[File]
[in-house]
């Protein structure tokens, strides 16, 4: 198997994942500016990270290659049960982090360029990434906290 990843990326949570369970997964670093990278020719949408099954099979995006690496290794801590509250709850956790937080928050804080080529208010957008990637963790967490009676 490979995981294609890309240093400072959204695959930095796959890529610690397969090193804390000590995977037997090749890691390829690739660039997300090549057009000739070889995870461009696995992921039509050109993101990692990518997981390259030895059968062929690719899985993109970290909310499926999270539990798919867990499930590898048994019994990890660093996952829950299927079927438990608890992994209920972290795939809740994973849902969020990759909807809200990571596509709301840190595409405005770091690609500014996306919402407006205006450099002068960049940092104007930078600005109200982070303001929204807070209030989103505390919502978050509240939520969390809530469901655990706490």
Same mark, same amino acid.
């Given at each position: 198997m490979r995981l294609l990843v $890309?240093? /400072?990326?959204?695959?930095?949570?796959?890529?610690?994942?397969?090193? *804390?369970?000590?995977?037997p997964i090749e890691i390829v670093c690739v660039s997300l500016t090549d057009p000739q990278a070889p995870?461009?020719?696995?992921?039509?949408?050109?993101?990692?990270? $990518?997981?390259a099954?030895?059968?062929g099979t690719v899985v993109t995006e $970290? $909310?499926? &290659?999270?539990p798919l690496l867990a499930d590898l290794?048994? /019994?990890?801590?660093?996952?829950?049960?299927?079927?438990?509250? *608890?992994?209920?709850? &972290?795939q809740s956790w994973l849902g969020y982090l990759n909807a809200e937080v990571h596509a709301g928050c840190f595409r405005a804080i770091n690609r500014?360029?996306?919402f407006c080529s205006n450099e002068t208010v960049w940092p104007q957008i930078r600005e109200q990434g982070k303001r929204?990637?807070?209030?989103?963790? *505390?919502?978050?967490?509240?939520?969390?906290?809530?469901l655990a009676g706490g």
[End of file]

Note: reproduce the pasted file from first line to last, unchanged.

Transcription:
[in-house]
């Protein structure tokens, strides 16, 4: 198997994942500016990270290659049960982090360029990434906290 990843990326949570369970997964670093990278020719949408099954099979995006690496290794801590509250709850956790937080928050804080080529208010957008990637963790967490009676 490979995981294609890309240093400072959204695959930095796959890529610690397969090193804390000590995977037997090749890691390829690739660039997300090549057009000739070889995870461009696995992921039509050109993101990692990518997981390259030895059968062929690719899985993109970290909310499926999270539990798919867990499930590898048994019994990890660093996952829950299927079927438990608890992994209920972290795939809740994973849902969020990759909807809200990571596509709301840190595409405005770091690609500014996306919402407006205006450099002068960049940092104007930078600005109200982070303001929204807070209030989103505390919502978050509240939520969390809530469901655990706490």
Same mark, same amino acid.
């Given at each position: 198997m490979r995981l294609l990843v $890309?240093? /400072?990326?959204?695959?930095?949570?796959?890529?610690?994942?397969?090193? *804390?369970?000590?995977?037997p997964i090749e890691i390829v670093c690739v660039s997300l500016t090549d057009p000739q990278a070889p995870?461009?020719?696995?992921?039509?949408?050109?993101?990692?990270? $990518?997981?390259a099954?030895?059968?062929g099979t690719v899985v993109t995006e $970290? $909310?499926? &290659?999270?539990p798919l690496l867990a499930d590898l290794?048994? /019994?990890?801590?660093?996952?829950?049960?299927?079927?438990?509250? *608890?992994?209920?709850? &972290?795939q809740s956790w994973l849902g969020y982090l990759n909807a809200e937080v990571h596509a709301g928050c840190f595409r405005a804080i770091n690609r500014?360029?996306?919402f407006c080529s205006n450099e002068t208010v960049w940092p104007q957008i930078r600005e109200q990434g982070k303001r929204?990637?807070?209030?989103?963790? *505390?919502?978050?967490?509240?939520?969390?906290?809530?469901l655990a009676g706490g």